But if you want to “Punch Up” the abilities of Warrior Monks, or just the Changramai Warrior Monks, I would offer up a few of my own solutions:
- I eliminated the development Ranks for Martial Arts and instead use the Ranks as the effectiveness of the combat style. This is similar to the size limitations found on in the various Claw Law attack charts. The Changramai and Kortri Ta Shiin styles are Rank 4; lesser unarmed combat might be limited at Rank 1, 2 or 3. This represents the superiority of these fighting styles and reflects the deadliness of the Changramai combat system. Removing the Rank skill development also frees up a TON of DP’s for Warrior Monks to expand in other skills.
- I allow for parrying with martial arts–no bracers needed. If parrying is really a proxy for an offense or defense posture, than even an unarmed combatant can emphasize active dodging/defense over a full attack.
- I use specific weapon modifiers, unarmed combat has very low modifiers for initiative, engaging multiple opponents and attacking and engaging targets in 360 degrees. This gives martial artists a implicit advantage over weapon wielders for a variety of combat situations and allows them to engage multiple opponents with the least amount of penalties. This chart also includes penalties for parrying missile weapons–allowing Changramai to swat arrows away!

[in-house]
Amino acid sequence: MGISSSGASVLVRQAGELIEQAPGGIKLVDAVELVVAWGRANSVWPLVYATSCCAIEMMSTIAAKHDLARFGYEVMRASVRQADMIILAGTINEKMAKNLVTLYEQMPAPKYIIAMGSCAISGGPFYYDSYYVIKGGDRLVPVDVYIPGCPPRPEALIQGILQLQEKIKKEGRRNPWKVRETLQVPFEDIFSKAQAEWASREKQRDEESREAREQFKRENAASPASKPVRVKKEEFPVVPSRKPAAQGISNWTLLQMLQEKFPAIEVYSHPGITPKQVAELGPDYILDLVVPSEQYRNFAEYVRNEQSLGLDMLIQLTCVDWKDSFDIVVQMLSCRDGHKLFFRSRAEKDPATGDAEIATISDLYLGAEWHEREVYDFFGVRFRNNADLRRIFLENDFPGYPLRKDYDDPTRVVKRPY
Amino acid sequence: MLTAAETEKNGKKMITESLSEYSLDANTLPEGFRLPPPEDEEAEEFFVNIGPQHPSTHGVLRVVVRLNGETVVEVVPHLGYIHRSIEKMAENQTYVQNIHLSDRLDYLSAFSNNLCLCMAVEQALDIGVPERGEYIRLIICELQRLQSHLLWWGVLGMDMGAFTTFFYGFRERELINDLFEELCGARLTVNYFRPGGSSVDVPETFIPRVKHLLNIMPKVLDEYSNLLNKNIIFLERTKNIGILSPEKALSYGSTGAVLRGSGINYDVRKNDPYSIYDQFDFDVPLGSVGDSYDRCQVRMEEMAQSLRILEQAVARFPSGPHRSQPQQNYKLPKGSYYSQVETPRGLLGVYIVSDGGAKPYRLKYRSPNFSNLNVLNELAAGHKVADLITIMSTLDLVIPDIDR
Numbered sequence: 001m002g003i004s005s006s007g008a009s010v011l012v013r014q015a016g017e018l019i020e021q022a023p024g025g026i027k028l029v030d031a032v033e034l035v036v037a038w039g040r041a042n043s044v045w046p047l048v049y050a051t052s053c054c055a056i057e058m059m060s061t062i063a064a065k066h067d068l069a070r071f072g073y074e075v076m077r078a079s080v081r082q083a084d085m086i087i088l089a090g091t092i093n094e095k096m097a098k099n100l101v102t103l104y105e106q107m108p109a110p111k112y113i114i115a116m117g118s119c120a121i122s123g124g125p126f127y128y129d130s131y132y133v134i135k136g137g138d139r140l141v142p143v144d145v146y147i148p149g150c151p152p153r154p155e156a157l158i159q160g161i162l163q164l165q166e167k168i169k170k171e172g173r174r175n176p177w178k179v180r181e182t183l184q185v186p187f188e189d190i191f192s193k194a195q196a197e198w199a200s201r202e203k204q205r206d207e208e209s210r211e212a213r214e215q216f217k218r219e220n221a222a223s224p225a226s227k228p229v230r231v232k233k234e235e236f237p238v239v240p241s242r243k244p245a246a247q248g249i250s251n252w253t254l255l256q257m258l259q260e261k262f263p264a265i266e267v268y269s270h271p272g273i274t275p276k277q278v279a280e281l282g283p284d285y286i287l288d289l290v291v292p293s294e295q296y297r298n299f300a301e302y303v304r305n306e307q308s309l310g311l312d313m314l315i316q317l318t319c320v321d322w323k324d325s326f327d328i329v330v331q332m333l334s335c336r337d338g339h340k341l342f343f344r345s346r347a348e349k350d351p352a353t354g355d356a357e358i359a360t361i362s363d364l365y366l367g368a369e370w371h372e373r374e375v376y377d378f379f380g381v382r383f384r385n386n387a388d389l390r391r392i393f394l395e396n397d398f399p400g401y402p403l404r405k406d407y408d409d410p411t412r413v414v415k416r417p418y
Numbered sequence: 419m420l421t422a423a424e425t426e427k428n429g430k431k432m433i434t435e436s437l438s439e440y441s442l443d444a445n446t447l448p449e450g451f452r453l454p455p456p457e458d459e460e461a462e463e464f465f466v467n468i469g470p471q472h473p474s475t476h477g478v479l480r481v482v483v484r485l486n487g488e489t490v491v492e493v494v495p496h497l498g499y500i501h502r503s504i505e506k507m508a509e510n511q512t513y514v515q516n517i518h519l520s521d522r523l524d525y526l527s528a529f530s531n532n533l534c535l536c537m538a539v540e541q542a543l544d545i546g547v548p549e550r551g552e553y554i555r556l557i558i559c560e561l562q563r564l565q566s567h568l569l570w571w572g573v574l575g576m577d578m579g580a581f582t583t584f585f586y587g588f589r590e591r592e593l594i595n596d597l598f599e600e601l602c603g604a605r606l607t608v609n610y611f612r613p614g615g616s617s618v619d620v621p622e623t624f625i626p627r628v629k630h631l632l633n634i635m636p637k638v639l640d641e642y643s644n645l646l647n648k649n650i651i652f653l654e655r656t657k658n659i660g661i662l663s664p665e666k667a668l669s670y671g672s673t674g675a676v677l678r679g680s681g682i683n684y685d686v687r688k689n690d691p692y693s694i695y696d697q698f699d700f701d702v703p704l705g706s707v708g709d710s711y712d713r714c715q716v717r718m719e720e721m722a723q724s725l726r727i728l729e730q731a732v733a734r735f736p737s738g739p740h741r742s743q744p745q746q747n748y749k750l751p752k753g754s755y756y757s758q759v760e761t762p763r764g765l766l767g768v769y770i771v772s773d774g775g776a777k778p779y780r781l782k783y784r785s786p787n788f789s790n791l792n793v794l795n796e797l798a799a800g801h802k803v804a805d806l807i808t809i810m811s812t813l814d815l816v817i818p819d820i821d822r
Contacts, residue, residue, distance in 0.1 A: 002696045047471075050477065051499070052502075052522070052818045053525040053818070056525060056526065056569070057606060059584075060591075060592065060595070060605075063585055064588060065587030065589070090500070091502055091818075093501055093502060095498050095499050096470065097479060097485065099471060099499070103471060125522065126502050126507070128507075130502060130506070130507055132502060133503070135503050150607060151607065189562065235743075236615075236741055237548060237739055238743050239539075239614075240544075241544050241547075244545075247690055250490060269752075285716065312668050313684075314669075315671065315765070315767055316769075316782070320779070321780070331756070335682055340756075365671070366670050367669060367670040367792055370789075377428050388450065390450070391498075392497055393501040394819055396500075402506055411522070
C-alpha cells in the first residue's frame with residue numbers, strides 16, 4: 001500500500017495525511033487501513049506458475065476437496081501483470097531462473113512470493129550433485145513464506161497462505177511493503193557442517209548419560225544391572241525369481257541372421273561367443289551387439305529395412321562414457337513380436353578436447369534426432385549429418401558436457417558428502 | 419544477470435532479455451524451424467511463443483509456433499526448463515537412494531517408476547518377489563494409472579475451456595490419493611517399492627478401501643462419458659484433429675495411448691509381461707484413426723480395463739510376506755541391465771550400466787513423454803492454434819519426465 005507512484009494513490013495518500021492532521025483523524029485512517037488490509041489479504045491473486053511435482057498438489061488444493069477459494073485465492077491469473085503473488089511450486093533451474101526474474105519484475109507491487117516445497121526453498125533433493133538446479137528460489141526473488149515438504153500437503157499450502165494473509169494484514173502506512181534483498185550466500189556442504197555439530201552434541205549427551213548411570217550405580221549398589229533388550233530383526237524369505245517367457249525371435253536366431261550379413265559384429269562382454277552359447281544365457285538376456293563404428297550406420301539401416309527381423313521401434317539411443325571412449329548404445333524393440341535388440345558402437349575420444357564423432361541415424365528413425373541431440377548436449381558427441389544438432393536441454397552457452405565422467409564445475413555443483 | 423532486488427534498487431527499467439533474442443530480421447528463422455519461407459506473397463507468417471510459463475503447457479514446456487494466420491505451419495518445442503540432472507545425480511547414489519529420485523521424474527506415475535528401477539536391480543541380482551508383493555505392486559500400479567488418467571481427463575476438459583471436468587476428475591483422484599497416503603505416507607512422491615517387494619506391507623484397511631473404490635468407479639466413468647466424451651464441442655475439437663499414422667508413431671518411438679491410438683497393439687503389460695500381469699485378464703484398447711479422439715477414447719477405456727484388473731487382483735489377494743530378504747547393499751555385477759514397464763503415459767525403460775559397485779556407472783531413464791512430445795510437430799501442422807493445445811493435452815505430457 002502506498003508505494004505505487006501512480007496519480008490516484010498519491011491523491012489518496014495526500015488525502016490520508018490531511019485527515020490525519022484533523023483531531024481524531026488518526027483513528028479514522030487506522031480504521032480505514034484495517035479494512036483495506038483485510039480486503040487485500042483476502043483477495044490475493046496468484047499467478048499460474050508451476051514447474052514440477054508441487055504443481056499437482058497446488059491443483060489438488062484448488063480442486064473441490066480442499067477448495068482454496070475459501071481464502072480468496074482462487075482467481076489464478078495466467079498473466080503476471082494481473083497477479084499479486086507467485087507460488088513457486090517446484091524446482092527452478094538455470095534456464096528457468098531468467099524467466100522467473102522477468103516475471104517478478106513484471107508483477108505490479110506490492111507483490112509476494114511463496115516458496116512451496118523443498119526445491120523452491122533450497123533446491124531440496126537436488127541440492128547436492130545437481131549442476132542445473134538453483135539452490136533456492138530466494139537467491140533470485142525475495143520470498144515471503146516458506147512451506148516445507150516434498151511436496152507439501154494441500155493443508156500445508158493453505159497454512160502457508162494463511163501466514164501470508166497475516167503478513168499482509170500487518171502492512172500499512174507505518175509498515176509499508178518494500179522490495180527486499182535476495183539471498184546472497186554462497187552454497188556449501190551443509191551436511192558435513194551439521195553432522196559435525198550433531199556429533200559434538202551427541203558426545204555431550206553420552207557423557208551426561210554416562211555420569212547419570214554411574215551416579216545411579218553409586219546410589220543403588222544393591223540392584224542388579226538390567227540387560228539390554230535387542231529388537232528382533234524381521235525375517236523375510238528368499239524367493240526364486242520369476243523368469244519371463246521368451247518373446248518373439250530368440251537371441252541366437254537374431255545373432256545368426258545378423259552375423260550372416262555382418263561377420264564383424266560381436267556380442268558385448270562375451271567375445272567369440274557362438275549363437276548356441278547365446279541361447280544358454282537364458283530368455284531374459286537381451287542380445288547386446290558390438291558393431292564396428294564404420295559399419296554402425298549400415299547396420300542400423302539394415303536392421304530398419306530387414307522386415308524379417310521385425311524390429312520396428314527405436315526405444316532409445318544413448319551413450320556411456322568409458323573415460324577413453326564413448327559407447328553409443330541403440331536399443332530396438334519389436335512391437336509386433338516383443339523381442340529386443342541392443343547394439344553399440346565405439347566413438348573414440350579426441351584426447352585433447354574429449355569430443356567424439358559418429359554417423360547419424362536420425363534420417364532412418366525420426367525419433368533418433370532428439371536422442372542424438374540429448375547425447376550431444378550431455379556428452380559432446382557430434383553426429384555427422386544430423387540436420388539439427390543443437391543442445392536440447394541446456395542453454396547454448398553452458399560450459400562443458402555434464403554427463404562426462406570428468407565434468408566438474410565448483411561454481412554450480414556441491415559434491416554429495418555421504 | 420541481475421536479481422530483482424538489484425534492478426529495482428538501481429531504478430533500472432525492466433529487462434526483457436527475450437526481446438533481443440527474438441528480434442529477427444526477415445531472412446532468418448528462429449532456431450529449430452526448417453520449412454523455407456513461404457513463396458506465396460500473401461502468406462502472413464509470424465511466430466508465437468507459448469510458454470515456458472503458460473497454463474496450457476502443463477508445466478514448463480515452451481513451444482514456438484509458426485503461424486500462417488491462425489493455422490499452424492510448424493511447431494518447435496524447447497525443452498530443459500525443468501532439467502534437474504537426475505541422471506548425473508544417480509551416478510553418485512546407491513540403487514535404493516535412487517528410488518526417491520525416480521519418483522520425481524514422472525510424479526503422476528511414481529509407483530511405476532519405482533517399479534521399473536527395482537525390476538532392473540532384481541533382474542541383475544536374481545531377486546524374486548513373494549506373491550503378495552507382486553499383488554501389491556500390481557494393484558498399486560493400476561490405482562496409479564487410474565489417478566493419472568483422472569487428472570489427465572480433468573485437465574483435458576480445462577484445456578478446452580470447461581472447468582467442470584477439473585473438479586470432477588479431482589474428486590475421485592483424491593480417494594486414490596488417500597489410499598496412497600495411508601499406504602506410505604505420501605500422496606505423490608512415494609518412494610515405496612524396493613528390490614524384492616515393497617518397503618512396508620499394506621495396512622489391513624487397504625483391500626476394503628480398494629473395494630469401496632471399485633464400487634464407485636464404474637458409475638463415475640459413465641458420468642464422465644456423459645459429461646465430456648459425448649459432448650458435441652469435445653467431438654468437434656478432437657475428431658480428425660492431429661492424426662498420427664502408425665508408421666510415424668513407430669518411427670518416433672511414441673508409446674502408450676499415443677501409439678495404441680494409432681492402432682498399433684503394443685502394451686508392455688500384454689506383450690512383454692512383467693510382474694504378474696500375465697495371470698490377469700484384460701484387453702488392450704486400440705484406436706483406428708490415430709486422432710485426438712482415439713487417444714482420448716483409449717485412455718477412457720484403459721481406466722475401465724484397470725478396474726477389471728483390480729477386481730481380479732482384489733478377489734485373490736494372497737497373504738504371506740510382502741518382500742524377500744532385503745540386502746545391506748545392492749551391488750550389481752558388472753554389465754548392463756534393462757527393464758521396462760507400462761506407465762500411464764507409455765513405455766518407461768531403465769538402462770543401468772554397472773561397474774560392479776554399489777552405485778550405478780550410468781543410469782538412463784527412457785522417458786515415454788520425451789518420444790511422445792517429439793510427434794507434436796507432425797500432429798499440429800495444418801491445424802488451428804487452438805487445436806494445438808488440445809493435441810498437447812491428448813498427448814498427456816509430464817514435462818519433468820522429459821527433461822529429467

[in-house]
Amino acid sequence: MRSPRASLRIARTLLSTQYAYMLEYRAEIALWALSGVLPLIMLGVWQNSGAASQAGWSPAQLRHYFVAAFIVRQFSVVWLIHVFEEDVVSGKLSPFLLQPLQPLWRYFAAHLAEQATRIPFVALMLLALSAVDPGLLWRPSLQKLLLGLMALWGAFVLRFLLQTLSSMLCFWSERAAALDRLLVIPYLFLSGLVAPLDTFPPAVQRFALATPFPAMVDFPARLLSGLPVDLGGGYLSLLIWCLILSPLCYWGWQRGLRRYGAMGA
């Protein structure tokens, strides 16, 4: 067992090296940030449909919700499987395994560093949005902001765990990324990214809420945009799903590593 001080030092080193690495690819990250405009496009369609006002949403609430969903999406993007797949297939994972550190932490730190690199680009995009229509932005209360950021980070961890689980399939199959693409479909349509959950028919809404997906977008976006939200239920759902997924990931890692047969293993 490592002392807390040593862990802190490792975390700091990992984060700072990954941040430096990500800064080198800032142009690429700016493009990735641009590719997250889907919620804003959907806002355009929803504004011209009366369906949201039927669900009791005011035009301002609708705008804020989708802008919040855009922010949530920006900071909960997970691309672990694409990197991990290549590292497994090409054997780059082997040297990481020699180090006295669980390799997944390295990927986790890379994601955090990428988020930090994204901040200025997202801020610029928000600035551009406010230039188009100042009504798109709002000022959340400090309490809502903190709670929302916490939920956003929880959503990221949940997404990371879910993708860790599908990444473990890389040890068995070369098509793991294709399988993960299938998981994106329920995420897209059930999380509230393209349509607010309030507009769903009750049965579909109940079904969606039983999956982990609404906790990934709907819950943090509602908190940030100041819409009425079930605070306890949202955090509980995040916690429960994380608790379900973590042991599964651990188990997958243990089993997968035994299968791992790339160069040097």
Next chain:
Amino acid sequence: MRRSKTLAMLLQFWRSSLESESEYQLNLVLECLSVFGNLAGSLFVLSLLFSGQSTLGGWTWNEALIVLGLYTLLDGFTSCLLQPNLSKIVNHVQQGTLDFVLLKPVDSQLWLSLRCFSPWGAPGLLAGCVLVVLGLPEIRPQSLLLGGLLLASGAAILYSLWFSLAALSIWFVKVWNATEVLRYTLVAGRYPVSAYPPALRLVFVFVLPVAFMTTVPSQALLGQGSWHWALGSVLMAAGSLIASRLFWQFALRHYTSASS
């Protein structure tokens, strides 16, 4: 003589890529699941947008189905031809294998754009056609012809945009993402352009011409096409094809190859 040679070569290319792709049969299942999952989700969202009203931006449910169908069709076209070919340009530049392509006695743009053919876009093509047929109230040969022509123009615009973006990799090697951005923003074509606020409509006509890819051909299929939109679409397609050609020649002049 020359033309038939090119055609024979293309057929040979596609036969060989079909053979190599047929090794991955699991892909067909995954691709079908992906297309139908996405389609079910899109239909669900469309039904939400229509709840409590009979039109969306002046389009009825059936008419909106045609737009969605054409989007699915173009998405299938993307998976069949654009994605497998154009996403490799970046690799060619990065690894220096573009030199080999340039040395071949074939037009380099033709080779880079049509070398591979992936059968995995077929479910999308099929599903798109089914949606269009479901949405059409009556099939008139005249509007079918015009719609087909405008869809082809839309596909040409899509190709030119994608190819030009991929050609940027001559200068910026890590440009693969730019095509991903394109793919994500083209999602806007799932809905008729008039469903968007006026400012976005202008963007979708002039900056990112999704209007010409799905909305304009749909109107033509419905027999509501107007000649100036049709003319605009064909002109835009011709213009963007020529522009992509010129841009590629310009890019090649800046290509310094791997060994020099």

- I’ve modified Adrenal Defense and rolled in the “Yado” secondary skill. This allows Changramai to not only parry missiles but to catch them.
- I use a modified Adrenal Strength and Speed that further benefit martial artists.
- I have unlimited skill rank development and a modified rank bonus progression that allows for characters to accelerate a few skills through focused development. The creates a tradeoff between average development of a broad array of skills or fast development of a smaller, focused set of skills. This seems appropriate to a unique combat school like the Changramai Monastarey.
- Finally, I use a “no profession” system to my Shadow World campaign. Changramai Monks are neither “Warrior Monks” or “Monks” and have access to the BASiL Mentalism “Self” Spells. With these lists and the changes above, the Changramai skills are complete, indeed they are powerful as depicted in the Shadow World books.
Have you utilized the Changramai in your game? Have your players ever faced off against them or perhaps have Changramai training?